the SPA.

    aSince this is AC Coupled on the host, it can be driven by a PECL, LVPECL or any other driver that meets the requirements of Table 14.
  • [0197]
    All of the SPI4.2 signals are differential and require 100 ohm differential termination. Typically this termination is provided internal in the receiver. In cases where this is not true, external termination would be required.
  • [0198]
    2.1.2 SPI4.2 FIFO Status Signals
  • [0199]
    The SPI4.2 interface standard allows either ⅛ data rate LVTTL or full data rate LVDS signaling for the transmit status and receive status control signals. Although LVTTL is used by most devices today, SPAs will implement LVDS signaling for these signals to accommodate potential future data rates, improved signal quality, and to avoid dependence on 3.3V LVTTL signaling. The status bus is still run at ⅛ the data rate (either 87.5 MHz or 21.875 MHz SDR).
  • [0200]
    It is the responsibility of the SPA designer to provide circuitry to convert any LVTTL SPI4.2 status signals to/from LVDS for transport across the host interface. This conversion can be done with devices such as the National Semiconductor DS90LV047A quad LVDS driver and DS90LV048A quad LVDS receiver.
  • [0201]
    Ethernet SPAs may use the SPI4.2 FIFO status channels to determine when to generate 802.3x Pause/Resume frames. In this mode an Ethernet MAC may start generating Pause frames when the ingress SPI4.2 FIFO status changes from Starving to Hungry. It will generate Resume frames when the status changes from Hungry to Starving. Additional details of this application can be found in Appendix A. In addition Ethernet SPAs can be configured to split out ingress traffic on each physical interface into 2 priorities associated with 2 SPI-4 channels.
  • [0202]
    RPR SPAs will use SPI4.2 FIFO status to control back pressure for the different possible traffic priorities. This means it uses multiple SPI4.2 channels for one logical pipe. For example, an RPR SPA may support four priorities levels of traffic. Each priority would be mapped to a different SPI4.2 channel, and each channel reports its FIFO status separately. This allows the SPA to back pressure the host on a per priority level which in turn allows the host to queue traffic on a per priority level.
  • [0203]
    2.1.3 FIFO Status and Buffer Sizes
  • [0204]
    The following table gives the possible SPI4.2 FIFO status states.
    TABLE 4
    SPI4.2 FIFO Status
    Event Status Bits Result
    Starving 00 MAXBURST1 total credits granted to the
    transmitter.
    Hungry 01 MAXBURST2 total credits granted to the
    transmitter or the current unused credits,
    whichever is greater.
    Satisfied 10 No impact on credits.
    Framing/ 11 All outstanding credits are cancelled and set to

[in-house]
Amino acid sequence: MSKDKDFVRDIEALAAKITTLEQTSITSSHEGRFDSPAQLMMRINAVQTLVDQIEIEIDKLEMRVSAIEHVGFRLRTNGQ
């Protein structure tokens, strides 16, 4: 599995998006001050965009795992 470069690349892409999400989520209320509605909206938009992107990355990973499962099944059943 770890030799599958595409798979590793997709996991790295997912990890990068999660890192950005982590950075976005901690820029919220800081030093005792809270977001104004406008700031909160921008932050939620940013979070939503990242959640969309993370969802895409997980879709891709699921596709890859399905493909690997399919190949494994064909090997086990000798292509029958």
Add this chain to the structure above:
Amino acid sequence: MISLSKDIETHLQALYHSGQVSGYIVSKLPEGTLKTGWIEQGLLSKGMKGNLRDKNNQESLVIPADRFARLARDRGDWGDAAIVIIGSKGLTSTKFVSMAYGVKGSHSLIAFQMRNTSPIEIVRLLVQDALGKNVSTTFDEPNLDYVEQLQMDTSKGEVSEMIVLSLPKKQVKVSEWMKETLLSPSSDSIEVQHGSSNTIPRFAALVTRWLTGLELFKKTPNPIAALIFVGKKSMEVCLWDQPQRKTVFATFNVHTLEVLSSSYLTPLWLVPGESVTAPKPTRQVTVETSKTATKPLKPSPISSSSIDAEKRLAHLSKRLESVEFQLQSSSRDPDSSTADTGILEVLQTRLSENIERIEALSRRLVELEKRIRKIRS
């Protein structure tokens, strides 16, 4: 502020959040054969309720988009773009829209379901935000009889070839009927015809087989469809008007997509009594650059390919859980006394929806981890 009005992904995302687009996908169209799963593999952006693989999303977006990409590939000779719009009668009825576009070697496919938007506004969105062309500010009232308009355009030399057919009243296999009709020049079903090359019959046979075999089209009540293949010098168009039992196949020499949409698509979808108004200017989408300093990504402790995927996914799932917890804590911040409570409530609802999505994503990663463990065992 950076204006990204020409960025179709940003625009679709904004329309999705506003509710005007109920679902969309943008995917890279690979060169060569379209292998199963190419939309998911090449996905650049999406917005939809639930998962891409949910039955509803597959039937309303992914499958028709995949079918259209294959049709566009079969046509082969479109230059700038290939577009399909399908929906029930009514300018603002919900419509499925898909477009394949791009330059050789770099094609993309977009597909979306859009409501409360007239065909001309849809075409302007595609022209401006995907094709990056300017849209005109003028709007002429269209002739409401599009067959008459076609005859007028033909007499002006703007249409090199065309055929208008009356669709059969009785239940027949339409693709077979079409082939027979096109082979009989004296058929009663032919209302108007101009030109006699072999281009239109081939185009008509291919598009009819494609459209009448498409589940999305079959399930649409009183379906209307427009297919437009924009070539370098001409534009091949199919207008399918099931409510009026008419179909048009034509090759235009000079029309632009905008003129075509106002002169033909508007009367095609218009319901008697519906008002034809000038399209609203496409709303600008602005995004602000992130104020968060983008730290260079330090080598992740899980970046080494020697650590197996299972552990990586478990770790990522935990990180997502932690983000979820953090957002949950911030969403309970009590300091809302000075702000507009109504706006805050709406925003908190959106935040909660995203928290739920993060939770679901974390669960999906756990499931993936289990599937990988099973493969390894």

Disabled zero.
  • [0205]
    The following is a diagram of a FIFO on the sink side of a SPI4.2 interface and a way to relate the Maxburst parameters and the FIFO thresholds. MaxBurst1 and MaxBurst2 must be programmable on the source side of a SPI4.2 interface. The value ε is a quantization error and corresponds to the difference between the granted credit and the actual transfer length. In general this is at most equal to Burstsize-1 in bytes. The value of Lmax is undefined in the standard and it corresponds to the worst case delay in receiving a status update, until observing the reaction to that update on the corresponding data path. Additional details of Lmax calculation is in Appendix A. The question is what size of FIFO do you need on the sink side of the SPI4.2 bus.
  • [0206]
    For the egress case (host to spa) we want to minimize the required FIFO size on the SPA so we have a large selection of devices to choose from. This means the host should minimize its response latency (its Lmax contribution). There are a variety of devices on SPAs that support a large variety of FIFO sizes on their SPI4.2 interface. Some devices are store and forward and support multiple MTUs of buffer space per port. Others are cut-through and only support a fraction of an MTU per channel. So far the most restrictive device is the Barracuda, it is a cut-through device that supports 512 bytes per channel (when channelized to DS3s). Appendix A has details of possible configurations for such a device, along with the required Lmax. FIFO thresholds (almost empty and almost full) must be programmable oil the sink device.
  • [0207]
    For the ingress case (spa to host) we want to maximize the FIFO size on the host system so we can work with a large selection of devices on SPAs. This will correspond to devices that have a large latency (Lmax). For a typical SPA with multiple channels, a FIFO size of 4 kBytes would allow for a reasonable Lmax. The most demanding application though, is Ethernet (GE in particular). A 101 GE SPA may require up to 244 kBytes per port. This is to support long links and pause flame generation, please see Appendix A for details of the this requirement. Regardless of the size of the ingress FIFOs on the host, the thresholds of the FIFOs should be programmable (almost empty and almost full). This will allow the host to interwork with a variety of SPAs with a variety of MaxBurst1 and MaxBurst2 settings.